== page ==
Why, how, what, when, who, and where?
From the moment we’re old enough to talk, we’re asking questions.
Inquisitive by nature, humans simply want to know…
“Where did it come out from?”
That’s what I wanted to know from my mother right after she gave birth to my younger sister. As a four-year-old, I just couldn’t figure out where the little thing had come from!
But don’t think for a moment it’s only children that ask; adults ask questions too.
No matter how old we are, we ask questions, because that’s how we learn.
We learn by thinking and interacting with the world around us. Learning is a life-long process, facilitated and accomplished mostly through asking questions.
We ask questions of ourselves, and we ask them of the people around us. Questions help us relate to others and the world around us.
Many Reasons To Ask Questions
We ask questions for a variety of reasons:
- to get facts and information
- to learn and understand
- to find explanations
- to get feedback
- to communicate with one another
- to understand others
Most often, the answers we get are adequate; freeing us up to move on to the next thought.
Sometimes, however, they’re less than adequate, or there won’t be an answer at all, leaving us hungry for more information.
Whenever this happens to me, I feel annoyed and ignored. Often I think to myself, ‘Why can’t you just answer my simple question?”
But then I ask myself… “Did I get this answer because of what I asked? Was my question clear enough or could I have asked a better question?”
Because ultimately, the quality of the answer you receive depends on the quality of the question you ask. In other words, you must ask a good question, if you want a good answer.
Sounds simple, right?
Unfortunately, all too often we don’t take the time to craft a good question… and it shouldn’t come as a surprise if we don’t get a satisfactory answer.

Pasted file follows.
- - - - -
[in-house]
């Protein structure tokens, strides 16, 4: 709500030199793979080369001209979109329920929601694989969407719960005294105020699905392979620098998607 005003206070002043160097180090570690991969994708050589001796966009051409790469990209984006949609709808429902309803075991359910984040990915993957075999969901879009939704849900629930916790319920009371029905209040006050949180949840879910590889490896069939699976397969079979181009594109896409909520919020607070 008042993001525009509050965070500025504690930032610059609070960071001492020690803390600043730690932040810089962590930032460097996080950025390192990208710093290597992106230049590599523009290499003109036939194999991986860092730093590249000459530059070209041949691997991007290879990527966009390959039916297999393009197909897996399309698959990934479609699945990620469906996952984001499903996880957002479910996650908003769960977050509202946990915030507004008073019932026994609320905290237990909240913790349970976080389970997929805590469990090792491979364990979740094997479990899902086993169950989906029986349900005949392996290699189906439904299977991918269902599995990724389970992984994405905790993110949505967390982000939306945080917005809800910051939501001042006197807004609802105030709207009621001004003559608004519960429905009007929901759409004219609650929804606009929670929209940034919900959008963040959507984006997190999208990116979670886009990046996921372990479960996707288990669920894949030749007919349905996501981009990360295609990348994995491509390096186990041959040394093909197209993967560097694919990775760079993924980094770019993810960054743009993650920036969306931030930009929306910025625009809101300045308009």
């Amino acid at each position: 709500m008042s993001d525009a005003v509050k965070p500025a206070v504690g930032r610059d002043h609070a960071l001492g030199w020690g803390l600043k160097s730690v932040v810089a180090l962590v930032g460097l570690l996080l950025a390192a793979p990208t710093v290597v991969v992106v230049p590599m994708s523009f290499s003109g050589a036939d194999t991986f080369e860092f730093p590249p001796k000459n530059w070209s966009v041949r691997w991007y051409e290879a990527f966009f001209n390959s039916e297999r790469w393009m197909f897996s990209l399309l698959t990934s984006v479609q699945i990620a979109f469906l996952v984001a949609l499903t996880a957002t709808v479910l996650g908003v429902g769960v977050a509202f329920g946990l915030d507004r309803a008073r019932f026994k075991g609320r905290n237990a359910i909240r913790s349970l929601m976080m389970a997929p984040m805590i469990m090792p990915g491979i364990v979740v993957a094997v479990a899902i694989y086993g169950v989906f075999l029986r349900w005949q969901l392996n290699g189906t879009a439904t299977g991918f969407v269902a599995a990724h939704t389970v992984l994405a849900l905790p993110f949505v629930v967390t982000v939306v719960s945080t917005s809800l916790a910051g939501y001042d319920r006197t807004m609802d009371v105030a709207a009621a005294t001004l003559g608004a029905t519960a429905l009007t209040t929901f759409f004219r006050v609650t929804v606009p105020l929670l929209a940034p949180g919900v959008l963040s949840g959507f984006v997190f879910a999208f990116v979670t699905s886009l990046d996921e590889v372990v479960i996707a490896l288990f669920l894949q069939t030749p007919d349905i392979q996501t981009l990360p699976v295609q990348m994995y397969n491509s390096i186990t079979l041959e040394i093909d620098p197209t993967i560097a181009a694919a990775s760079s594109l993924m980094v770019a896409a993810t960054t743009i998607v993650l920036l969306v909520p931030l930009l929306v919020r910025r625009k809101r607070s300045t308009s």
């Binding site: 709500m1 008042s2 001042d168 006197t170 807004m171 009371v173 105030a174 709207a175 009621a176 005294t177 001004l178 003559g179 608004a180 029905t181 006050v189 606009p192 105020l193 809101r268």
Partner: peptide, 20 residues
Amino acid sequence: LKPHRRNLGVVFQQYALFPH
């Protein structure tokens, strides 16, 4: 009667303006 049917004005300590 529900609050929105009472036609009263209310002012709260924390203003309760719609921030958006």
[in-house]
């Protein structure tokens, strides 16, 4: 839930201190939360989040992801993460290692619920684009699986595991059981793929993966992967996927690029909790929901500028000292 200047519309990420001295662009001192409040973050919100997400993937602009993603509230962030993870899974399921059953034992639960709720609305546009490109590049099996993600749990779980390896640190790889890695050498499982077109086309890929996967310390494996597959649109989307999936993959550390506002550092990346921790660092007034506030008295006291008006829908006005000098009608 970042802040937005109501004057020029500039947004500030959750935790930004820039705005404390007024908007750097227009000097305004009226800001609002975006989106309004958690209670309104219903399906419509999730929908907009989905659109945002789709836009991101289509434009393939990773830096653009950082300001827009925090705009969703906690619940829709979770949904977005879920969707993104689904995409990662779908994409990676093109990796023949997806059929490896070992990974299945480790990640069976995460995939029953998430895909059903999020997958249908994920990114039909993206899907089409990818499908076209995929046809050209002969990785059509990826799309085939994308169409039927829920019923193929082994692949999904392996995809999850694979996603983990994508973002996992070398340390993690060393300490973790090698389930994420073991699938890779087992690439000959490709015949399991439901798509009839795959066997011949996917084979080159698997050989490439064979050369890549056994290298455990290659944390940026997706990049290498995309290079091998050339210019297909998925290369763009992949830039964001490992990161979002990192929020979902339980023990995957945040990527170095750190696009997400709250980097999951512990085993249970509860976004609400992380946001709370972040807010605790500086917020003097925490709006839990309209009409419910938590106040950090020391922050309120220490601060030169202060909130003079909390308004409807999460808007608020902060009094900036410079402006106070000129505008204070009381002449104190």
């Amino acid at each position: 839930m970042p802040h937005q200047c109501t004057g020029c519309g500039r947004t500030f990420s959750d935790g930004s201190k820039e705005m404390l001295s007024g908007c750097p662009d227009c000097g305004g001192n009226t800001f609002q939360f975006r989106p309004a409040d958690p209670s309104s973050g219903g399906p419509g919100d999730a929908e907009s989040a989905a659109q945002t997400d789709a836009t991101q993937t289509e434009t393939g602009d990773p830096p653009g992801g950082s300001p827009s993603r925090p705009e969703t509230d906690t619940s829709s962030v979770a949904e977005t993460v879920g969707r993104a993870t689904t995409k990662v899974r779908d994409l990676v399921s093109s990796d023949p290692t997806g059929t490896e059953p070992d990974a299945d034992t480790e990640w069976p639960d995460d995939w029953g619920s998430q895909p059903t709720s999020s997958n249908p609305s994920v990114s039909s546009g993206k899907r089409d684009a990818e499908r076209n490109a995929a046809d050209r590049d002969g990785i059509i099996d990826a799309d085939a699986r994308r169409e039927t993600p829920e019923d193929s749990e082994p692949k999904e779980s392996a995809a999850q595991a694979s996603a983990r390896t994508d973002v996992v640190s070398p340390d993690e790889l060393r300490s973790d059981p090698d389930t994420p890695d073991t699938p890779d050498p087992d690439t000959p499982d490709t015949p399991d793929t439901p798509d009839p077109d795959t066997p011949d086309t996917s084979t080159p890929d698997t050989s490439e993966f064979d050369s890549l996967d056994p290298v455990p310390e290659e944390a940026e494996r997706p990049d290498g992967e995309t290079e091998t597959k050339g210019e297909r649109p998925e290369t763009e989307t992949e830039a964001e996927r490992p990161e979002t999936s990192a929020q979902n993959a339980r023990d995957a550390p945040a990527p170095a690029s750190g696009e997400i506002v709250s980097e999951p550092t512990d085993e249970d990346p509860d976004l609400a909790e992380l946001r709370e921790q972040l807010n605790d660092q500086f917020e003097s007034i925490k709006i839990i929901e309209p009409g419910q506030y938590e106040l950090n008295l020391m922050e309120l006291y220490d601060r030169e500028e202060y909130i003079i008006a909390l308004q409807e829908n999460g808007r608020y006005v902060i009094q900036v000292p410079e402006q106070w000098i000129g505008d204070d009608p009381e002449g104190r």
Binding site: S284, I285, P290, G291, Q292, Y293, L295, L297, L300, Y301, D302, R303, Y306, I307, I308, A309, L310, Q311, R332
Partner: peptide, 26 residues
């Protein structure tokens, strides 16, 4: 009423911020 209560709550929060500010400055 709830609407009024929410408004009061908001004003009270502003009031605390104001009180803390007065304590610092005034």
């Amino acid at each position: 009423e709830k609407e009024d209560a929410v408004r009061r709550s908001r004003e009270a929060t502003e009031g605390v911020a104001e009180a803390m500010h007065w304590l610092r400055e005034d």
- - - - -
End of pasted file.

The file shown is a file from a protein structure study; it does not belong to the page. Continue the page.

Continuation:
Today it’s just all too easy to fire off an email or leave a quick voicemail, without thinking much about the question.
What Is A Good Question?
So what qualifies as a good question, one that is sure to get a good answer? And how do you ask a good question?
You make sure your question contains a few basic elements or building blocks.
I’ll discuss two of them here because I think they are the most important ones.
# 1 What Is The Goal Of Your Question?
Get clear on why it is you’re asking the question in the first place. What do you want to accomplish?
- Are you simply gathering information?
- Are you trying to understand something or someone at a deeper level?
- Are you trying to influence?
- For example, let’s imagine you want to persuade a diabetic patient to eat healthier foods. One way you could do this is by simply telling her to stop eating ice cream or drinking soda altogether.
- Or, you could pose a question. You could ask her what she thinks would be better for her “choosing a healthy snack over eating ice cream? This would allow your patient to come to her own conclusion and perhaps result in higher compliance.Often, it’s more effective to teach and coach by asking questions rather than by giving direct instructions.
- Are you trying to build a relationship?
- When you ask questions and take the time to listen to the answer the other person becomes engaged in the process. This helps build a relationship and increases mutual respect and trust.
# 2 How Are You Asking Your Question?
- Does your question reflect clarity of purpose?
- Is your question well thought through?
- Is your question clearly phrased and expressed?
- Does your question include all the elements you want to have answered?
- For example, occasionally we get questions at NPBO that are too broad and too vague. Someone may be asking if they can start a practice in their state without ever mentioning the respective state.
- Or, someone may be asking how much they should pay for collaboration, without including where they’re located, what type of practice they want to start, etc.
- Are you asking your question in an open-ended or a closed-ended format?
- Effective questions tend to be open-ended. They allow the other person room for personal expression and creativity; closed-ended questions leave little room for exploring options and alternatives.
Asking Questions Helps Us
Asking good questions helps us focus on what’s important. So, no matter if you:
- have a problem you need to solve
- want to learn something new
- want to get to know someone better
- want to teach something to somebody
Start by asking well thought out questions.
Even though our thinking is affected by the quality of the questions we ask of ourselves and others, ultimately, the quality of our lives is determined by how we act on the insights gained from our questions.
We’d love to know what you think… leave a comment and let us know.
By Johanna Hofmann, MBA; regular contributor to the NPBusiness blog.